How to switch between static IP address and DHCP with PowerShell

Starting with Windows Server 2012, you can now handle directly the IP configuration with PowerShell cmdlets.

However, despite the way to go from a DHCP IP address to a static IP address is not easy to find, if you know it, it is pretty easy to understand.

Please be aware that you will disconnect yourself from the computer if you do this operation remotely. This won’t happen if you use PowerShell Direct or a VM console.

How to switch from DHCP to Static IP

How it works

When a network interface is configured for DHCP , it creates itself an entry in the Active Store with an IP address, mask and routing gateway.

On the other hand, when you set the a network interface to Manual, you have to create yourself the entry in the Persistent Store, add yourself the gateway entry to the routing table and configure yourself the DNS client.


In the following examples, I will only focus on one interface (with Index 15 in my case) and only focus on IPv4. However, the same method applies to IPv6.

Main steps

  1. Find the index of all interfaces for which DHCP is enabled
    Get-NetIPInterface -AddressFamily IPv4 -Dhcp Enabled

  2. Get the current IP address and mask
    Get-NetIPAddress -InterfaceIndex 15 -AddressFamily IPv4

  3. Get the current gateway and DNS server list
    Get-NetIPConfiguration -InterfaceIndex 15

  4. Disable DHCP for this interface.
    This step is optional, because the static IP address takes precedence over the DHCP configuration.

    Set-NetIPInterface -InterfaceIndex 15 -AddressFamily IPv4 -Dhcp Disabled

  5. Create a new IP address entry
    New-NetIPAddress -InterfaceIndex 15 -AddressFamily IPv4 -IPAddress '' -PrefixLength 24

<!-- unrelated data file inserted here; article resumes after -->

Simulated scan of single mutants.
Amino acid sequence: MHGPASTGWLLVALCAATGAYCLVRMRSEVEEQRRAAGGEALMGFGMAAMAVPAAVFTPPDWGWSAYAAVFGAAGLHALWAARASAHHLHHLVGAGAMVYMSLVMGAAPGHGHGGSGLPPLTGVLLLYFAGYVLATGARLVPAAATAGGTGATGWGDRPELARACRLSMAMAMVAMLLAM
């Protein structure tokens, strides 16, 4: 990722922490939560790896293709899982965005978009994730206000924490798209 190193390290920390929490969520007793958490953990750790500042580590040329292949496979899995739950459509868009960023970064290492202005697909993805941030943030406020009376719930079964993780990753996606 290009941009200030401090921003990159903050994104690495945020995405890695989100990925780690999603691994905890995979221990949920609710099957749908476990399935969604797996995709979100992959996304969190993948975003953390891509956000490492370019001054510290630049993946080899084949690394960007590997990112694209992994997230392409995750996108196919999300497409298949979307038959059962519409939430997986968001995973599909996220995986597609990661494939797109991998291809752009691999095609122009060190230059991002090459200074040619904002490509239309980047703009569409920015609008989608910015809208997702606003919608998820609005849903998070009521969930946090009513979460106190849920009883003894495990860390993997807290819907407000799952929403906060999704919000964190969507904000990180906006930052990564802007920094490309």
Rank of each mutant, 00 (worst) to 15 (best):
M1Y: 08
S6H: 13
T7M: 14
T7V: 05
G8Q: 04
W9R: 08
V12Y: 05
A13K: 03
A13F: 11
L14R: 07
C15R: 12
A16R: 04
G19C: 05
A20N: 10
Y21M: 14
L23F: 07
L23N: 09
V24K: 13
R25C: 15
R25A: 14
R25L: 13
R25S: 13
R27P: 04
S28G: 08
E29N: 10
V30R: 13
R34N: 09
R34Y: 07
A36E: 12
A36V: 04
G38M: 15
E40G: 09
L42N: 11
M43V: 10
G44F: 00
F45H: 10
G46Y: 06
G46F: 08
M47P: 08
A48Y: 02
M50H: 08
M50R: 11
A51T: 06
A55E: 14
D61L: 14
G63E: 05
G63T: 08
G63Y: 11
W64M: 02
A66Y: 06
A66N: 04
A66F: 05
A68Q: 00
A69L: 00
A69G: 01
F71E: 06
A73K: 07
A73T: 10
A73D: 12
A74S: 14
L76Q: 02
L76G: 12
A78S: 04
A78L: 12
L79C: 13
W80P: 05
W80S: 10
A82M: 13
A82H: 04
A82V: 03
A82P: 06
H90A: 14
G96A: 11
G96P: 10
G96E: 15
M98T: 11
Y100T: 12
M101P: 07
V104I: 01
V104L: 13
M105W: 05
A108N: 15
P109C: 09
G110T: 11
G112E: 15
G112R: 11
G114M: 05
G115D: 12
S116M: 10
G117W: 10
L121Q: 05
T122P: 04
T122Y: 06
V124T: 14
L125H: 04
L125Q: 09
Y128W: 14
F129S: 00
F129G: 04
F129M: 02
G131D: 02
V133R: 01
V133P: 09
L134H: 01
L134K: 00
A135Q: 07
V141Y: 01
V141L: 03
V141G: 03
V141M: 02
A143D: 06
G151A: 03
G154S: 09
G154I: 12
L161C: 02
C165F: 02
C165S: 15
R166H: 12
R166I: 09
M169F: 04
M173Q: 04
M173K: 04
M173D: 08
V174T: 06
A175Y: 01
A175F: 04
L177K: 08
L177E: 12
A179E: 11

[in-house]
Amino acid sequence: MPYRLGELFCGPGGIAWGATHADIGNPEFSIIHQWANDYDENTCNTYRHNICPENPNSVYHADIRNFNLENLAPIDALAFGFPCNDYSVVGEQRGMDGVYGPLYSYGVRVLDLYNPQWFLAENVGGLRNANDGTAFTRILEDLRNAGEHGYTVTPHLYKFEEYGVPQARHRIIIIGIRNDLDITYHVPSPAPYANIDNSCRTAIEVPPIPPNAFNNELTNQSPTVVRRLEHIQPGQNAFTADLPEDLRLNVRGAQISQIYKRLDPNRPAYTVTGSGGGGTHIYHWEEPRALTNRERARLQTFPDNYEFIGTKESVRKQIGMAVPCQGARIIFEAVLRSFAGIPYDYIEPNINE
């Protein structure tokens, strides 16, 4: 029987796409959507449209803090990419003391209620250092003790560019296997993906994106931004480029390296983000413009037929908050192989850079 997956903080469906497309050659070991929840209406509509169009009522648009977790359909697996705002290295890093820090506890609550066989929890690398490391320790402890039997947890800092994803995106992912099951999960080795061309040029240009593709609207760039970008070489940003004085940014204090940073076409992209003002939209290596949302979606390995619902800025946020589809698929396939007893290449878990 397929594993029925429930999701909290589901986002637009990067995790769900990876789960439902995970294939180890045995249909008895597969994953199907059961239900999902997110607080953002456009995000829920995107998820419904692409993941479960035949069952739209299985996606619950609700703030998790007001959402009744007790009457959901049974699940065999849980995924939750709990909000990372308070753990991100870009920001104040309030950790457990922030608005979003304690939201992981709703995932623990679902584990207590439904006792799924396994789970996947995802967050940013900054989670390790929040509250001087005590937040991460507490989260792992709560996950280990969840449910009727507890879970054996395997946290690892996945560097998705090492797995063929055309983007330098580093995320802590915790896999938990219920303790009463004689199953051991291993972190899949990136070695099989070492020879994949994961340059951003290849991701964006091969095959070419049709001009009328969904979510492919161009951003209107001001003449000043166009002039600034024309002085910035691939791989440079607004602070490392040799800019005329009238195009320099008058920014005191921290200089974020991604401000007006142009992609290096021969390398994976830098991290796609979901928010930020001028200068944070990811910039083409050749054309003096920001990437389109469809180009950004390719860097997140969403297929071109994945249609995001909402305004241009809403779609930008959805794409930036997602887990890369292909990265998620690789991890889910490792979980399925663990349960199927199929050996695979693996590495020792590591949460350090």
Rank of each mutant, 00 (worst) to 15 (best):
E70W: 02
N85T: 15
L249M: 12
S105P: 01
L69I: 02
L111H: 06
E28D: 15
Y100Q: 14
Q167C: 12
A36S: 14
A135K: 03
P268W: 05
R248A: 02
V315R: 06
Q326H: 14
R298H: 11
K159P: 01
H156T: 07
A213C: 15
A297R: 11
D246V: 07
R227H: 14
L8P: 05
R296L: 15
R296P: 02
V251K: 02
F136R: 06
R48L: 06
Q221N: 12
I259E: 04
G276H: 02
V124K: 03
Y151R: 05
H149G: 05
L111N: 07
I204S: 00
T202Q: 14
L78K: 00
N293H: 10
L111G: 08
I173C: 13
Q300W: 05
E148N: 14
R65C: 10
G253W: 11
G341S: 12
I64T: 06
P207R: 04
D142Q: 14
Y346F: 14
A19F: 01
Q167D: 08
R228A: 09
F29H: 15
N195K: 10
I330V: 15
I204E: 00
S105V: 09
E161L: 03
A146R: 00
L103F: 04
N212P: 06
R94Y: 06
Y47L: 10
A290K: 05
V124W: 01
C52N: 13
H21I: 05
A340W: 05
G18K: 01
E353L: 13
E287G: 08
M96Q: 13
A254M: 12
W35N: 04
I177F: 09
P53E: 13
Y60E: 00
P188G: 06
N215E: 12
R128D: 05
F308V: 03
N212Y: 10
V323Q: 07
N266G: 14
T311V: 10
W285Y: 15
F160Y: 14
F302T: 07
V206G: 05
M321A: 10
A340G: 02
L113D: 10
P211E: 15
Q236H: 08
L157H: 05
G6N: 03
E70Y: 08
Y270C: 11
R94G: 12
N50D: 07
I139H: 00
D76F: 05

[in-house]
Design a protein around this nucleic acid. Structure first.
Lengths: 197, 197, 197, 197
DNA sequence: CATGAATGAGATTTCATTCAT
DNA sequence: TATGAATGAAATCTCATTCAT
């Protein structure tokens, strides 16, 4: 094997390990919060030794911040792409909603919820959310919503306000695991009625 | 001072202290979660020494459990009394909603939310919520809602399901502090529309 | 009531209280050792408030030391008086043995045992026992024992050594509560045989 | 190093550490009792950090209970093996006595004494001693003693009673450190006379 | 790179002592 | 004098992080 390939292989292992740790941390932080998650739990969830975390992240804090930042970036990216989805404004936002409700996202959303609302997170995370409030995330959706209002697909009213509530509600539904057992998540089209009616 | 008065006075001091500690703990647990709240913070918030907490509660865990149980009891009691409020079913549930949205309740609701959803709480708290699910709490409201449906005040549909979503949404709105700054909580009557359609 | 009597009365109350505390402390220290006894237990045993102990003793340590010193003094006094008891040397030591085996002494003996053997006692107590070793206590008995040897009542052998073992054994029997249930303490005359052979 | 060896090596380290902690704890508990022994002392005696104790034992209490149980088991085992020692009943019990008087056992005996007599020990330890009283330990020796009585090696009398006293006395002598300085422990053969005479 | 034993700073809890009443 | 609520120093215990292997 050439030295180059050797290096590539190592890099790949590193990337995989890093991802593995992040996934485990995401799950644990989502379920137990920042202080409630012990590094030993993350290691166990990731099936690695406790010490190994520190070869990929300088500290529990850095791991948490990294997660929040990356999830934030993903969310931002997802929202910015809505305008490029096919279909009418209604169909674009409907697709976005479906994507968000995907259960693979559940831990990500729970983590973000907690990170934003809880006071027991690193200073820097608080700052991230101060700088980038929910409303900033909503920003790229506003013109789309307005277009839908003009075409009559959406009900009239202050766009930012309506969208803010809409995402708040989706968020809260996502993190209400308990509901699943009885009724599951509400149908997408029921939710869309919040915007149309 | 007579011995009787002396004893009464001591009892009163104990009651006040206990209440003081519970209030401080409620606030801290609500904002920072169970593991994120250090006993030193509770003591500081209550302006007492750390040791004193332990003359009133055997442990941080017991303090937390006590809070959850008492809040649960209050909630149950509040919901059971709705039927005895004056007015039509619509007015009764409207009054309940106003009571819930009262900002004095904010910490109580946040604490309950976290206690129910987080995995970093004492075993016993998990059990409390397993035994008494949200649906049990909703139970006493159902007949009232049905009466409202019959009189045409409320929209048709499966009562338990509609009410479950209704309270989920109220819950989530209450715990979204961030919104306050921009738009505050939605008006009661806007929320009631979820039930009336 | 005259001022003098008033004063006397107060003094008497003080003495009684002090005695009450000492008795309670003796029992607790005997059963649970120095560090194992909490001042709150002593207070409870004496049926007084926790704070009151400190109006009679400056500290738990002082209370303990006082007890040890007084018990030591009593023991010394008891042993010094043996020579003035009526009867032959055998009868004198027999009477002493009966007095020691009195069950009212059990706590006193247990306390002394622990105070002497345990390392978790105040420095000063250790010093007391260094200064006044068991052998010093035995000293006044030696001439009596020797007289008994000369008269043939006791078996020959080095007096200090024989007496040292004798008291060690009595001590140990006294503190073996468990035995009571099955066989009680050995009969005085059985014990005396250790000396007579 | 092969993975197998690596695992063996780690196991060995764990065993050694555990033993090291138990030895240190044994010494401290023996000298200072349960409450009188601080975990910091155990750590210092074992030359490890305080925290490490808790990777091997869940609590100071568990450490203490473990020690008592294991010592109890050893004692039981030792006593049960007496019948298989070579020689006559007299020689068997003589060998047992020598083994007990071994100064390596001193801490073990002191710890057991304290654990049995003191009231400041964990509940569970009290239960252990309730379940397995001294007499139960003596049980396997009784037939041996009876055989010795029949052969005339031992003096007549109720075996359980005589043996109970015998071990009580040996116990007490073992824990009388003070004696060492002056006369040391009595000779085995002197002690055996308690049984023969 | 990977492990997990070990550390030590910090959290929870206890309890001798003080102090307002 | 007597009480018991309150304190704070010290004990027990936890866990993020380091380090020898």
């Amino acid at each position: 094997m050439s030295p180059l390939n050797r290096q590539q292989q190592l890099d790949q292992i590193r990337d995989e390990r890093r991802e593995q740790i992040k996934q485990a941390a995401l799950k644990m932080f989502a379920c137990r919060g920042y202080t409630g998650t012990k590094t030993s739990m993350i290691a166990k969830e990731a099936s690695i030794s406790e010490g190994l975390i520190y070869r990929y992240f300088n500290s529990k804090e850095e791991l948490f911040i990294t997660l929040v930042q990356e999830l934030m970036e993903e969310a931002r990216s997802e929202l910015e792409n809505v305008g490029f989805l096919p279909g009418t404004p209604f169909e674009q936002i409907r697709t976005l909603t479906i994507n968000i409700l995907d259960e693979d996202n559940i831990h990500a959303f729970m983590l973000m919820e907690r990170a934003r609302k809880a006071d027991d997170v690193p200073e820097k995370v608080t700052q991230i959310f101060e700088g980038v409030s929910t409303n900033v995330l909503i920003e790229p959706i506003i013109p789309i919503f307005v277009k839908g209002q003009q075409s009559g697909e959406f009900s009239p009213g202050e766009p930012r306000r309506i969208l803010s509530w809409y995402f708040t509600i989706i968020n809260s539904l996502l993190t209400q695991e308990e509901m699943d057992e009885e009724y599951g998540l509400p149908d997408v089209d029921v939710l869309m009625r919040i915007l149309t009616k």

6. Set the gateway for the interface
    New-NetRoute -InterfaceIndex 15 -DestinationPrefix '' -AddressFamily IPv4 -NextHop '' -RouteMetric 0
  7. Set the interface’s DNS server
    Set-DnsClientServerAddress -InterfaceIndex 15 -ServerAddresses

Example of code for automation

$CurrentIP = Get-NetIPAddress -AddressFamily IPv4 -PrefixOrigin Dhcp
$CurrentGateway = (Get-NetIPConfiguration -InterfaceIndex $CurrentIP.InterfaceIndex).IPv4DefaultGateway.NextHop
$CurrentDNS = ((Get-NetIPConfiguration -InterfaceIndex$CurrentIP.InterfaceIndex).DNSServer |
        Where-Object AddressFamily -eq 2).ServerAddresses

Set-NetIPInterface -InterfaceIndex $CurrentIP.InterfaceIndex -Dhcp Disabled

$Params = @{
    IPAddress      = $CurrentIP.IPAddress
    InterfaceAlias = $CurrentIP.InterfaceAlias
    Type           = $CurrentIP.Type
    PrefixLength   = $CurrentIP.PrefixLength

New-NetIPAddress @Params

$Params = @{
    InterfaceIndex    = $CurrentIP.InterfaceIndex
    DestinationPrefix = ''
    AddressFamily     = 'IPv4'
    NextHop           = $CurrentGateway

New-NetRoute @Params

Set-DnsClientServerAddress -InterfaceIndex $CurrentIP.InterfaceIndex -ServerAddresses $CurrentDNS

How to switch from static IP to DHCP

This operation is much simpler.

  1. Configure the DNS client to get the DNS server list from the DHCP configuration (optional)
    Set-DnsClientServerAddress -InterfaceIndex 15 -ResetServerAddresses

  2. Remove the current Gateway entry from the Persistent Store of the routing table (optional but cleaner).
    Get-NetRoute -InterfaceIndex 15 -AddressFamily IPv4 -PolicyStore PersistentStore | Remove-NetRoute

  3. If you disabled DHCP on the interface, you have to enable it again.
    Set-NetIPInterface -InterfaceIndex 15 -Dhcp Enabled

    Otherwise, remove this IP address from the persistent store.

    Remove-NetIPAddress -IPAddress ''

More about

An explanation of the Automatic Metric feature for IPv4 routes (Microsoft Support)

IP Routing Table (Microsoft Technet)

Subnets and Subnet Masks (Microsoft Technet)

Dynamic Host Configuration Protocol (DHCP) (Microsoft Docs)

NetTCPIP cmdlets (Microsoft Docs)

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